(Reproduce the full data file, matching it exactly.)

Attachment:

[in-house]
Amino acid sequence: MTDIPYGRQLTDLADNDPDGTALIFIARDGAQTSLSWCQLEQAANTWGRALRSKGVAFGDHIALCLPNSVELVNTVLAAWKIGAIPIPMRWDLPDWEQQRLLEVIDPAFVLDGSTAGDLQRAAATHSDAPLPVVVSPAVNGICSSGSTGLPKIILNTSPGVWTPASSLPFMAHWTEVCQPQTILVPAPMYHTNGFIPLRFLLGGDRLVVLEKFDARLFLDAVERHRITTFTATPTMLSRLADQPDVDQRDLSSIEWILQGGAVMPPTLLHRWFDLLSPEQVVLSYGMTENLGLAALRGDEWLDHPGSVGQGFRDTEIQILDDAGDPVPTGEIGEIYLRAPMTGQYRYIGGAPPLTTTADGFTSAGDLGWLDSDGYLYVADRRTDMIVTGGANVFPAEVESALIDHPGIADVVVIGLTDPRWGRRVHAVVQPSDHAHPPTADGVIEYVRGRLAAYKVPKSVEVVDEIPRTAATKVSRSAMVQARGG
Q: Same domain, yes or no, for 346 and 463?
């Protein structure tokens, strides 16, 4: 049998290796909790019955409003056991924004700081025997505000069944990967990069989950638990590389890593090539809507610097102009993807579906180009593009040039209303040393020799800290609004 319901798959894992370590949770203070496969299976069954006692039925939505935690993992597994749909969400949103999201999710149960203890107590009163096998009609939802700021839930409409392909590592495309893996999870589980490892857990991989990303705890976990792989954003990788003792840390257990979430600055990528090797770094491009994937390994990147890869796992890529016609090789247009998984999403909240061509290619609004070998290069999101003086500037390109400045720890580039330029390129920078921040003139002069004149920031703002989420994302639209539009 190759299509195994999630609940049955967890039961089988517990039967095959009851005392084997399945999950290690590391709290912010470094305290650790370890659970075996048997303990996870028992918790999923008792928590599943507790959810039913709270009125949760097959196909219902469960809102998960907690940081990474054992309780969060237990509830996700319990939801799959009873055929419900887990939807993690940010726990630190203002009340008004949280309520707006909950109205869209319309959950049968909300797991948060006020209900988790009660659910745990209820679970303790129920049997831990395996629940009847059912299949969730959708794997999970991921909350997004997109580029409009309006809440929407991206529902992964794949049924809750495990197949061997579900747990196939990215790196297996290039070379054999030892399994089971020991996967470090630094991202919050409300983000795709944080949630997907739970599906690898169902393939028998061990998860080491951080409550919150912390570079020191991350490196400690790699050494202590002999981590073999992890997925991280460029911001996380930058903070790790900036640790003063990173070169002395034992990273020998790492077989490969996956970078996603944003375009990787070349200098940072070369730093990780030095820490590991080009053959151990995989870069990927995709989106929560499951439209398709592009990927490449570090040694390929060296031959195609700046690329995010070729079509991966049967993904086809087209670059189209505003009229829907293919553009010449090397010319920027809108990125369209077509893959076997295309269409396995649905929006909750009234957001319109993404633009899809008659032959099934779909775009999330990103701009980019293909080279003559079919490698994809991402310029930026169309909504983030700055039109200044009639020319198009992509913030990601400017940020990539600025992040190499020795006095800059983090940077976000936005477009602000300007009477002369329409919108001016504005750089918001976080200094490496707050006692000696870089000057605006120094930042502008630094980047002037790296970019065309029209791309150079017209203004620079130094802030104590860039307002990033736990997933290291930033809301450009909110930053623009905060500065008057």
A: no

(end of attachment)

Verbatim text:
[in-house]
Amino acid sequence: MTDIPYGRQLTDLADNDPDGTALIFIARDGAQTSLSWCQLEQAANTWGRALRSKGVAFGDHIALCLPNSVELVNTVLAAWKIGAIPIPMRWDLPDWEQQRLLEVIDPAFVLDGSTAGDLQRAAATHSDAPLPVVVSPAVNGICSSGSTGLPKIILNTSPGVWTPASSLPFMAHWTEVCQPQTILVPAPMYHTNGFIPLRFLLGGDRLVVLEKFDARLFLDAVERHRITTFTATPTMLSRLADQPDVDQRDLSSIEWILQGGAVMPPTLLHRWFDLLSPEQVVLSYGMTENLGLAALRGDEWLDHPGSVGQGFRDTEIQILDDAGDPVPTGEIGEIYLRAPMTGQYRYIGGAPPLTTTADGFTSAGDLGWLDSDGYLYVADRRTDMIVTGGANVFPAEVESALIDHPGIADVVVIGLTDPRWGRRVHAVVQPSDHAHPPTADGVIEYVRGRLAAYKVPKSVEVVDEIPRTAATKVSRSAMVQARGG
Q: Same domain, yes or no, for 346 and 463?
């Protein structure tokens, strides 16, 4: 049998290796909790019955409003056991924004700081025997505000069944990967990069989950638990590389890593090539809507610097102009993807579906180009593009040039209303040393020799800290609004 319901798959894992370590949770203070496969299976069954006692039925939505935690993992597994749909969400949103999201999710149960203890107590009163096998009609939802700021839930409409392909590592495309893996999870589980490892857990991989990303705890976990792989954003990788003792840390257990979430600055990528090797770094491009994937390994990147890869796992890529016609090789247009998984999403909240061509290619609004070998290069999101003086500037390109400045720890580039330029390129920078921040003139002069004149920031703002989420994302639209539009 190759299509195994999630609940049955967890039961089988517990039967095959009851005392084997399945999950290690590391709290912010470094305290650790370890659970075996048997303990996870028992918790999923008792928590599943507790959810039913709270009125949760097959196909219902469960809102998960907690940081990474054992309780969060237990509830996700319990939801799959009873055929419900887990939807993690940010726990630190203002009340008004949280309520707006909950109205869209319309959950049968909300797991948060006020209900988790009660659910745990209820679970303790129920049997831990395996629940009847059912299949969730959708794997999970991921909350997004997109580029409009309006809440929407991206529902992964794949049924809750495990197949061997579900747990196939990215790196297996290039070379054999030892399994089971020991996967470090630094991202919050409300983000795709944080949630997907739970599906690898169902393939028998061990998860080491951080409550919150912390570079020191991350490196400690790699050494202590002999981590073999992890997925991280460029911001996380930058903070790790900036640790003063990173070169002395034992990273020998790492077989490969996956970078996603944003375009990787070349200098940072070369730093990780030095820490590991080009053959151990995989870069990927995709989106929560499951439209398709592009990927490449570090040694390929060296031959195609700046690329995010070729079509991966049967993904086809087209670059189209505003009229829907293919553009010449090397010319920027809108990125369209077509893959076997295309269409396995649905929006909750009234957001319109993404633009899809008659032959099934779909775009999330990103701009980019293909080279003559079919490698994809991402310029930026169309909504983030700055039109200044009639020319198009992509913030990601400017940020990539600025992040190499020795006095800059983090940077976000936005477009602000300007009477002369329409919108001016504005750089918001976080200094490496707050006692000696870089000057605006120094930042502008630094980047002037790296970019065309029209791309150079017209203004620079130094802030104590860039307002990033736990997933290291930033809301450009909110930053623009905060500065008057």
A: no